It does not merely consist in feeling "good" about one's country
without giving reasons.
We should know what is good about our country, and reversely, we also
should know what is bad about it-and why. Since 'good' and 'bad' are
value judgments, patriotism thus concerns itself with values, and
especially (but not exclusively) with political values.
Nature of values
So what is the nature of these values? Let us understand that men and
women in a country do not live in a vacuum. Usually, they live together.
A nation is not a mere aggregation of individuals, but integration of
separate groups. Several individuals are integrated into one group by
means of a social order-specific cultural, economic and especially
political institutions such a common language, set of values or national
'sense of life', and many more that ensure a peaceful and cooperative
co-existence of men. But the specific nature is such that not every type
of social group is able to maintain a stable and enduring nation. If a
group is created that embody principles which are contrary to the
demands of the country's benefit, this group will slowly fragment,
disintegrate and fall apart. If the leaders of the group advocate and
put into practice such doctrines as terrorism and dictatorship, the
group consequently will break down in bloody warfare sooner or later.
LTTE is a classic example. Thus, the important thing is to advocate and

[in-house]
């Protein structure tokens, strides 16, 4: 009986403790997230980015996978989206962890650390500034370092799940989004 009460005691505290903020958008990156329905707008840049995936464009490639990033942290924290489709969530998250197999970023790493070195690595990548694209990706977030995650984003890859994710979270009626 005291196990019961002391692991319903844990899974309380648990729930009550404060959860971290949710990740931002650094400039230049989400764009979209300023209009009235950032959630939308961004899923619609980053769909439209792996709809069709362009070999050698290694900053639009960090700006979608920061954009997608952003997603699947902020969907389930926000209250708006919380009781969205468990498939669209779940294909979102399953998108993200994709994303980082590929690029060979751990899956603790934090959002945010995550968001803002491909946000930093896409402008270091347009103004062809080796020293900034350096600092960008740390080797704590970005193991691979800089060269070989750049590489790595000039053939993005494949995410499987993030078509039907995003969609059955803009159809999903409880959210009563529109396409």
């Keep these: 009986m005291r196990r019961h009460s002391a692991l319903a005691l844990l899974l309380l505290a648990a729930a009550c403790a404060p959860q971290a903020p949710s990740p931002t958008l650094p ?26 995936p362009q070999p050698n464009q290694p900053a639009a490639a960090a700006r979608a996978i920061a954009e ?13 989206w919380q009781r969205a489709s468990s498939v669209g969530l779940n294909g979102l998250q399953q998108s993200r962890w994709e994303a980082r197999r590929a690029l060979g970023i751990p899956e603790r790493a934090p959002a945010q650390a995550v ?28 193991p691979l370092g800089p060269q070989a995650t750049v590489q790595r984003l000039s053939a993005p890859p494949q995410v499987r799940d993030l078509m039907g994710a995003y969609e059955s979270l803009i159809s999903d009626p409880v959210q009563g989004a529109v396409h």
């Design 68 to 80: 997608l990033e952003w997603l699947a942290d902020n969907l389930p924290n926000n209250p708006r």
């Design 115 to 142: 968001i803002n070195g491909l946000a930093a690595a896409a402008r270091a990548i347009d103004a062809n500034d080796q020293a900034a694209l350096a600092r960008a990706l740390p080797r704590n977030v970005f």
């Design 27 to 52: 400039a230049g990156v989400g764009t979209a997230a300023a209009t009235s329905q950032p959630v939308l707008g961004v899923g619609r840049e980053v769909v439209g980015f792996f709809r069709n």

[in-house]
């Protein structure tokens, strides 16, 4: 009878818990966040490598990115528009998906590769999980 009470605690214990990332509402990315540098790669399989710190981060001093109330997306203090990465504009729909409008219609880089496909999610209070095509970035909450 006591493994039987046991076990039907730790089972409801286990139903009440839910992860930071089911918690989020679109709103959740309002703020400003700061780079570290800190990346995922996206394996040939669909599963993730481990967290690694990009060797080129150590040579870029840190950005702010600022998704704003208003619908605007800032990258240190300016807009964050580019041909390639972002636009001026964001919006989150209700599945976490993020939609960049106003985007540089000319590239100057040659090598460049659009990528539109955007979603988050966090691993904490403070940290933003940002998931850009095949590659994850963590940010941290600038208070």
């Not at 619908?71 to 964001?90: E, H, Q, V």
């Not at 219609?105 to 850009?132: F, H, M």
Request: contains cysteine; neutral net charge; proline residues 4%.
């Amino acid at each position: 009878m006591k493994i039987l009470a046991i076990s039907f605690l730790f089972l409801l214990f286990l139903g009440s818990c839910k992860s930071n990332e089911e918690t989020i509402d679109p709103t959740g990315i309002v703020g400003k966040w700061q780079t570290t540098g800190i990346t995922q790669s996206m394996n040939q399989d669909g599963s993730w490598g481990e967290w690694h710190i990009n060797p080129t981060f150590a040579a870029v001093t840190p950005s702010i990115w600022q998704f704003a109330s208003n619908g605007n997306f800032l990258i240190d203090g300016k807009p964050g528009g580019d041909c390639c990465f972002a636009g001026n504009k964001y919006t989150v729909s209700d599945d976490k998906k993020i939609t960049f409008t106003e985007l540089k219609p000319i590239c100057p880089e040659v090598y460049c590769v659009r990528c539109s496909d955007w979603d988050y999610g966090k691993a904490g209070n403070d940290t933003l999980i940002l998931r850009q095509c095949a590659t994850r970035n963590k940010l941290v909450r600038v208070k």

put into practice the right principles, when translated into specific
groups of people, are capable of integrating into a peaceful and
I believe that a person who advocates and strives to put into
practice rational principles which work to keep integrated the society
he chooses to live in, is a patriot. If we proceed from this point of
view, patriotism is an attitude towards the social order, an attitude
aiming at replacing bad institutions and defending good ones.
The question then arises - what is required in order to practice the
virtue of patriotism? First, it is necessary for every aspiring patriot
to have a basic understanding of how a society works, what policies keep
it together, and what destroys it.
Education in civics
Every patriotic citizen should aim at acquiring a basic education in
civics, political philosophy, moral philosophy and history. Second,
every aspiring patriot should keep himself informed, not about every
occurrence, but about the general trends of development and most
important issues his society is affected by.
After having acquired such knowledge, it is necessary for him to take
action by speaking his mind and pronouncing judgment, whenever it is
necessary. Patriotism is a powerful idea, and one that should be defined
by citizens, not by their rulers alone.
Sri Lanka is a beautiful country. It's like no other place, diverse
though it is small.
The people are basically talented and good. Then, why is the
patriotism failing? What is going wrong? We have lost our focus. We have
not truly understood what patriotism is. That is what is going wrong.